Even before they cast their votes, partisans of different stripes are poised to question the legitimacy of the election outcome, but for different reasons. According to political scientist Steven Smith at Washington University in St. Louis, findings of The American Social Survey, sponsored by the university’s Weidenbaum Center, indicate that the intensity of candidate and media attention about voting fraud threats — real or not — is influencing views of the legitimacy of the election outcome in November.
Washington University’s Deanna Barch was among 59 women psychologists working in academia who took an empirical approach to understanding gender inequities in their field. They find some promising data, but also much work to be done.
New Olin Business School research suggests that if consumers view a vaccine more like a curative to the epidemic, rather than as a preventative for the self, they will be more receptive toward it.
More than 1,200 students enrolled in “The Pandemic: Science and Society,” an online two-credit course featuring experts from across disciplines and across the country. The entire university may benefit from the lessons learned.
Nationally renowned artists, architects, designers and scholars will discuss their work as part of the Sam Fox School of Design & Visual Arts’ fall Public Lecture Series and the Mildred Lane Kemper Art Museum’s “In Conversation” series. Events begin Sept. 12 with art historian Natilee Harren, followed by MacArthur “Genius” Fellow Walter J. Hood, landscape designer for the International African American Museum Sept. 26. Combined, the series will feature 18 virtual presentations.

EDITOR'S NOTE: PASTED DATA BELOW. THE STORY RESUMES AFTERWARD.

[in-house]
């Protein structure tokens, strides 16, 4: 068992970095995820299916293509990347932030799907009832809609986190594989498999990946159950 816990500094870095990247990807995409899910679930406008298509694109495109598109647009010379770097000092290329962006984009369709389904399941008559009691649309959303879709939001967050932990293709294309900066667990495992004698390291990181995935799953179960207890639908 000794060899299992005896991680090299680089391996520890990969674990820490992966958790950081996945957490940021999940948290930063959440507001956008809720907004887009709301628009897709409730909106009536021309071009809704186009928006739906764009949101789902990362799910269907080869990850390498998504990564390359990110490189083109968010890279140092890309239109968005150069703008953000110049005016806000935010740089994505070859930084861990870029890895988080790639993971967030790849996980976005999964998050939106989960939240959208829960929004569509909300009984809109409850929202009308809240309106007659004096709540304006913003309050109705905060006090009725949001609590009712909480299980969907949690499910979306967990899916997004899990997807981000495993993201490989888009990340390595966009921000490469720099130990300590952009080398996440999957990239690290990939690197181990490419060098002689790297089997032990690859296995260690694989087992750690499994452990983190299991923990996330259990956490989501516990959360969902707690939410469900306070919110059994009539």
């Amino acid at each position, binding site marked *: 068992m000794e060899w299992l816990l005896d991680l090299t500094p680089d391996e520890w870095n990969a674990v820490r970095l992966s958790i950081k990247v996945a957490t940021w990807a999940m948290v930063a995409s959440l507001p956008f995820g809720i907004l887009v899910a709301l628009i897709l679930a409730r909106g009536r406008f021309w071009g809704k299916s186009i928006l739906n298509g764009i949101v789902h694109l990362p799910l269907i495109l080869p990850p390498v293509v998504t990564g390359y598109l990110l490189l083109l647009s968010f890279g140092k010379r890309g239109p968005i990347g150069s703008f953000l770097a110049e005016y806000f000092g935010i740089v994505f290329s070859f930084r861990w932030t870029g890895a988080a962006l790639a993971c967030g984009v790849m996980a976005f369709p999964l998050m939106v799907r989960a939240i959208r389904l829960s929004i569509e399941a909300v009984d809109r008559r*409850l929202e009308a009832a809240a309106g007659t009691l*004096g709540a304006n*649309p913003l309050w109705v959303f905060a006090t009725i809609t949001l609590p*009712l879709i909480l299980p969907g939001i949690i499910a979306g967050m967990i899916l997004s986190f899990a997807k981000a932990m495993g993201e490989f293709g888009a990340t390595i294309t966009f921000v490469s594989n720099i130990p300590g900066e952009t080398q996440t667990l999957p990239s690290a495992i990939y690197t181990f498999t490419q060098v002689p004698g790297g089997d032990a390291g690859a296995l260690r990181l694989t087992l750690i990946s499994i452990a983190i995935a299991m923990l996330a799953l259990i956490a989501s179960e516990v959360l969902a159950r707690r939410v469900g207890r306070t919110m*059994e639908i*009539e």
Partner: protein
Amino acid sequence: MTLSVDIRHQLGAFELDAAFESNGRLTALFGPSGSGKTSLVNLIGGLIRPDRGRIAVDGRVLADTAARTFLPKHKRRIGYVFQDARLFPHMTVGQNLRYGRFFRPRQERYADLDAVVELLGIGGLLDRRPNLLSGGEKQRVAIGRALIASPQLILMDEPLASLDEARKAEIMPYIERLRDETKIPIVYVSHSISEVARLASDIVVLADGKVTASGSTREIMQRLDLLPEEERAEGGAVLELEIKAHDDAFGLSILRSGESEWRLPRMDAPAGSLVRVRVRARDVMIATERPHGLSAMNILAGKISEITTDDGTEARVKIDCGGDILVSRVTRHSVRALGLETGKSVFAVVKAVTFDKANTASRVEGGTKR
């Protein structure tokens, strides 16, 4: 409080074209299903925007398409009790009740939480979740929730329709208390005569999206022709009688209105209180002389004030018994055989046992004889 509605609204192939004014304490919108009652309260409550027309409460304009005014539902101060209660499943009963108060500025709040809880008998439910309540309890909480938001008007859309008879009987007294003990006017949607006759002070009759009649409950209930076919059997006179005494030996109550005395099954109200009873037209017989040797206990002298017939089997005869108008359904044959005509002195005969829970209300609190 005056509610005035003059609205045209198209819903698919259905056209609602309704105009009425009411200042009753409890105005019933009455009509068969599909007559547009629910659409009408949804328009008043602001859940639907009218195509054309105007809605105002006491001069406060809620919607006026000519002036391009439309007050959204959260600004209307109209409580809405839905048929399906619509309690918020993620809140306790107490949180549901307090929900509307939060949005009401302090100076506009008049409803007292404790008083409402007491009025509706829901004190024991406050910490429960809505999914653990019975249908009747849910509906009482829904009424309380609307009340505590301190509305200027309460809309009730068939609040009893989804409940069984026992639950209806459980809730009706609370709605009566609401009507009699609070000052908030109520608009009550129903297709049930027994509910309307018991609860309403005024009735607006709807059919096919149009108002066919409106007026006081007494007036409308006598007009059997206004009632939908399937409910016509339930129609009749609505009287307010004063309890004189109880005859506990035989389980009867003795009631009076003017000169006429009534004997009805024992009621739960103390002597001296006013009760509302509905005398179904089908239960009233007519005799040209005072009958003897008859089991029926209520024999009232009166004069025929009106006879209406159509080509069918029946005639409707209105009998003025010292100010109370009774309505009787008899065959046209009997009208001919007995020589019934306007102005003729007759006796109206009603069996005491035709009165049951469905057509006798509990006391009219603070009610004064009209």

With high hopes and bulk supplies of hand sanitizer, the Class of 2024 arrived at Washington University in St. Louis Sept. 4-6. “This is what we’ve all been waiting for,” said Nick Cloney, an Arts & Sciences student from Boston. “It may not be what we expected. But even in this altered world, we can still have those integral first-year experiences.”
Five buildings on the Danforth Campus at Washington University in St. Louis just achieved LEED Platinum certification from the U.S. Green Building Council. It’s the council’s highest green building certification and a clear indication of the university’s deep commitment to campus sustainability.
A call for proposals is now open for the Danforth Campus-wide cluster hire of a dozen new faculty members, who will focus on world-class research on race and ethnicity in our society. The deadline for schools and departments to submit preliminary proposals is Sept. 21.
Researchers from physics and chemistry in Arts & Sciences at Washington University in St. Louis leveraged data from nuclear scattering experiments to make stringent constraints on how neutrons and protons arrange themselves in the nucleus. Their predictions are tightly connected to how large neutron stars grow and what elements are likely synthesized in neutron star mergers.
This summer, hundreds of faculty imagined their courses anew in “Designing an Adaptable Course,” an intensive two-week seminar offered by the Center for Teaching and Learning. Instructors studied best online pedagogy practices, created better assessments and learned technology tools.